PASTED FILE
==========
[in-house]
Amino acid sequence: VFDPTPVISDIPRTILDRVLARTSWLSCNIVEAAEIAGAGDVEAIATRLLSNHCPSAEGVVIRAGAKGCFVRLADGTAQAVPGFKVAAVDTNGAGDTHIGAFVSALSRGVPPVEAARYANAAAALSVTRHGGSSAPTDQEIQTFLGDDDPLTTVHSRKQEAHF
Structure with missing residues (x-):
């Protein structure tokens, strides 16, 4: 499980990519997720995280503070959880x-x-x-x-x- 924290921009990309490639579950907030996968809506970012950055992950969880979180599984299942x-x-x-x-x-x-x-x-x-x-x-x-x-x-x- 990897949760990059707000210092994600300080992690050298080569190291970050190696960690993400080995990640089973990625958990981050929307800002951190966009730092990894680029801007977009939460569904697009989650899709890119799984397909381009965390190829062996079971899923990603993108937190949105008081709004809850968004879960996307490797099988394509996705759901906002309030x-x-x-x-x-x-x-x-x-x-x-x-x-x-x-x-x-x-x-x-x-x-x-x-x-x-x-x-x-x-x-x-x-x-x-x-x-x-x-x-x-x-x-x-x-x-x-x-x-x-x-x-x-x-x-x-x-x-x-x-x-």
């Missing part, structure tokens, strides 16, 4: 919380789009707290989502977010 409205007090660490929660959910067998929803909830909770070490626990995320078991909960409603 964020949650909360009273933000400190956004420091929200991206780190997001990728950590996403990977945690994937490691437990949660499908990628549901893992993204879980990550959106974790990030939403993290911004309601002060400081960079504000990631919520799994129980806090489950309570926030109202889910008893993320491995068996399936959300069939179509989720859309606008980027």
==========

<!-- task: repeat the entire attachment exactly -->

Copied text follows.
[in-house]
Amino acid sequence: VFDPTPVISDIPRTILDRVLARTSWLSCNIVEAAEIAGAGDVEAIATRLLSNHCPSAEGVVIRAGAKGCFVRLADGTAQAVPGFKVAAVDTNGAGDTHIGAFVSALSRGVPPVEAARYANAAAALSVTRHGGSSAPTDQEIQTFLGDDDPLTTVHSRKQEAHF
Structure with missing residues (x-):
């Protein structure tokens, strides 16, 4: 499980990519997720995280503070959880x-x-x-x-x- 924290921009990309490639579950907030996968809506970012950055992950969880979180599984299942x-x-x-x-x-x-x-x-x-x-x-x-x-x-x- 990897949760990059707000210092994600300080992690050298080569190291970050190696960690993400080995990640089973990625958990981050929307800002951190966009730092990894680029801007977009939460569904697009989650899709890119799984397909381009965390190829062996079971899923990603993108937190949105008081709004809850968004879960996307490797099988394509996705759901906002309030x-x-x-x-x-x-x-x-x-x-x-x-x-x-x-x-x-x-x-x-x-x-x-x-x-x-x-x-x-x-x-x-x-x-x-x-x-x-x-x-x-x-x-x-x-x-x-x-x-x-x-x-x-x-x-x-x-x-x-x-x-």
């Missing part, structure tokens, strides 16, 4: 919380789009707290989502977010 409205007090660490929660959910067998929803909830909770070490626990995320078991909960409603 964020949650909360009273933000400190956004420091929200991206780190997001990728950590996403990977945690994937490691437990949660499908990628549901893992993204879980990550959106974790990030939403993290911004309601002060400081960079504000990631919520799994129980806090489950309570926030109202889910008893993320491995068996399936959300069939179509989720859309606008980027």